First Course: salad
Main Course: Swedish meatballs on egg noodles
First Course: carrot-peanut salad
Main Course: lentil-rice patties
First Course: raw veggies and dip
Main Course: Southwest bean salad
First Course: pesto on naan
Main Course: tofu in peanut sauce
First Course: salad
Main Course: peanut-butter sandwiches
Morgyn asked: How long does it take to make these lunches?
A good question, and one I didn’t have a quick answer to. I did a little calculating, though, and discovered the answer: Not as long as you might think!
For starters: With few exceptions, these lunches are what my family had for dinner the night before. I make enough to feed my family plus five small people, so daycare lunches add little if any prep time.
(Does this mean that I’m eating the same meal twice, dinner on Monday and lunch on Tuesday and so on through the week? Well, it would if I did, but I can’t be eating two full-size dinners every day unless I want to be a somewhat more than full-sized woman! So I eat my largest meal with the daycare, and in the evening, I eat the vegetable course. A large salad, a plate of roasted beets, that sort of thing. I gather it’s healthier to eat your largest meal earlier in the day, so that’s what I’m doing.)
Secondly: In Mary’s house, Sunday is Food Day. That’s when I make the weekly menu and from it the weekly grocery list, which I hand off to Wonderful Husband to take to the store. I started doing weekly menu plans perhaps two years ago, and WHAT A WONDERFUL THING IT IS!!! You think you don’t have time? HA!
It helps me enormously to have the week’s menus worked out in advance. If I have to stand in front of my open fridge and stare down the contents at 5:30, trying to come up with a meal to place on the table at 6:30?
TOTALLY DEMORALIZING. I hates it, precious, yes I does.
That’s how I used to do it. I’d get to the end of the day, I’d send the daycare on their way, and then there I’d be, in front of my fridge, pacing the kitchen, opening and closing cupboard doors, and just generally turning into a panicky, fatigued, stressed-out, put-upon, resentful MESS. Feeding people! It NEVER ENDED!! My family kept wanting to EAT, dammit, meal after meal. So demanding. Relentless, they were. So there I’d be, evening after evening, staring into the fridge, willing something edible to leap out at me, fully formed.
But! To brew myself a nice pot of tea, and sit down first thing Sunday morning, pencil and paper at the ready, with my recipe file of family favourites, a cookbook or two, and a couple of favourite food websites?
And at the end of every day? I don’t have to think. I don’t have to be creative. I just have to look at the list, and do it.
SO! MUCH! BETTER!
So. Anyway. The husband takes my grocery list and brings home the
bacon bulgar. And often, wine too! In the afternoon, with all the lovely fresh food, I make most or all of the side dishes.
This week we had beets, coleslaw and green salad as sides, as well as pesto, which can keep quite a while in the fridge. Roasted beets (by far my favourite way to cook them) take time but no attention. (Wrap them in foil and roast at 350 for an hour or so. Lots of recipes suggest topping and tailing, or adding oil and/or balsamic vinegar. I don’t do any of that. Just bung ’em in foil and ignore.) The coleslaw, pesto, and salad were made while the beets cooked. Pesto takes about 5 minutes to whizz together in a food processor, and salad is quick and easy — 15 minutes, maybe? The coleslaw was a little more finicky, even with a food processor and a mandoline, but even so, it didn’t take longer than the beets cooked to make all three. So, time on weekend, to make three side dishes: less than an hour, but we’ll call it an hour.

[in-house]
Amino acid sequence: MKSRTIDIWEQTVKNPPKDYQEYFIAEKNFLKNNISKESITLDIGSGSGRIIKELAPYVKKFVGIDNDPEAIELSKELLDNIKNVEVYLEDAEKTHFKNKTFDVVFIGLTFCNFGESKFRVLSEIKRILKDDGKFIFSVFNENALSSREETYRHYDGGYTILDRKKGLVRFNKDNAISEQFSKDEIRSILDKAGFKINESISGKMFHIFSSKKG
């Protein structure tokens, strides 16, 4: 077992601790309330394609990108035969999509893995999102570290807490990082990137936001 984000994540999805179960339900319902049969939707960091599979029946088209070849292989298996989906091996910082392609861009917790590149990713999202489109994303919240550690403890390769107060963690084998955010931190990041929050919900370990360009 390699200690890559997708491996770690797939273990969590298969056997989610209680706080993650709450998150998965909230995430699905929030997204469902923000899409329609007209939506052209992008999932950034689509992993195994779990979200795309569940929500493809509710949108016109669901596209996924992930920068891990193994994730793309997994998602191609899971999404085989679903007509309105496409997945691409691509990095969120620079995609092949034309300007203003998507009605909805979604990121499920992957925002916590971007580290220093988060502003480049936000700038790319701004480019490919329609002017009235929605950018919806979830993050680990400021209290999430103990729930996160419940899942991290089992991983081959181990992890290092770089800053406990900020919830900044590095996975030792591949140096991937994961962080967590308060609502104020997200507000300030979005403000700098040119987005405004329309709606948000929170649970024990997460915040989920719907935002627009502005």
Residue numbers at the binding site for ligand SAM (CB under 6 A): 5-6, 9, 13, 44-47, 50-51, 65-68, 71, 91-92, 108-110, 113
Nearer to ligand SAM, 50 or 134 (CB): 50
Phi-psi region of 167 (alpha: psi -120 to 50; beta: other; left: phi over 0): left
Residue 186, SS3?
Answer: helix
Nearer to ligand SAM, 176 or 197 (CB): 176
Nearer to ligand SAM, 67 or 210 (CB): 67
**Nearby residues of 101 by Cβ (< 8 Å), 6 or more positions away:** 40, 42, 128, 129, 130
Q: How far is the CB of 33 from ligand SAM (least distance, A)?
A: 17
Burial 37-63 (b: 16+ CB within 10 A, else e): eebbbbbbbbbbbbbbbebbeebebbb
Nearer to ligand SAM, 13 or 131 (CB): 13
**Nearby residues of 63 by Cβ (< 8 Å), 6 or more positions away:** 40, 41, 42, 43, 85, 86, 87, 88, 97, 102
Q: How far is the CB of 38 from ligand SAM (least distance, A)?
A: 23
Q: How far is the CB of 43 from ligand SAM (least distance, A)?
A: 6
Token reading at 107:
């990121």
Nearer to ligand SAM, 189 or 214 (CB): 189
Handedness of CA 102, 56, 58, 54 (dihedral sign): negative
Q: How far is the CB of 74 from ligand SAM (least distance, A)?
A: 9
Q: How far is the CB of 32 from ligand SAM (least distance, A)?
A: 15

As for the rest of them… they varied from 10 minutes for pesto and pasta (since all I had to do was cook the pasta), 30 for rice and dahl, to about an hour for the stews (which breaks down to 20 minutes chopping/prep and 40 minutes simmering. In fact I probably simmered them longer than 40 minutes, but they could easily have been eaten after 20 minutes. If you have time, longer simmering makes them tastier, that’s all. You could use the long simmer time to clean the kitchen or organize your tax files.
Or you could put your feet up and enjoy a glass of wine. Aaaaah.
When do I prepare meals? Usually after hours. I’m trying to get into the habit of cooking real food with the tots, but this week I forgot. Silly of me: it would have been super-easy to make the pesto with them, for example, or to have them wash and wrap the beets. Oh, well. Next week!
I’d say my three ‘secrets’, which are not secrets at all, are
1. Double-duty meals: Family dinners are daycare lunches. (Cooking in bulk, in essence.)
2. Menu Planning!!! Cannot say enough about the stress-reducing virtues of menu planning.
3. Sunday side dish prep time (Some prep on the weekend, some on weeknights. Divide and conquer!).
And the occasional lunch of peanut butter sandwiches.
Add that all up and you get about 3 hours 40 minutes prep. Let’s round that up and call it four hours. For ten meals. (Five dinner, five lunches.)
That works out to … roughly 25 minutes/meal, and that’s with me rounding up in a couple of spots. Twenty-five minutes for home-cooked, nutritious, delicious, interesting food.
NOT BAD AT ALL!
Monday: Vegetable chili, baking-powder biscuits
Tuesday: Vegetable muffins
Wednesday: Lentil soup over rice
Thursday: Spaghetti and meatballs (meat-free meatballs)
Friday: Chickpea-spinach soup
As ever, if you’d like a recipe, just ask!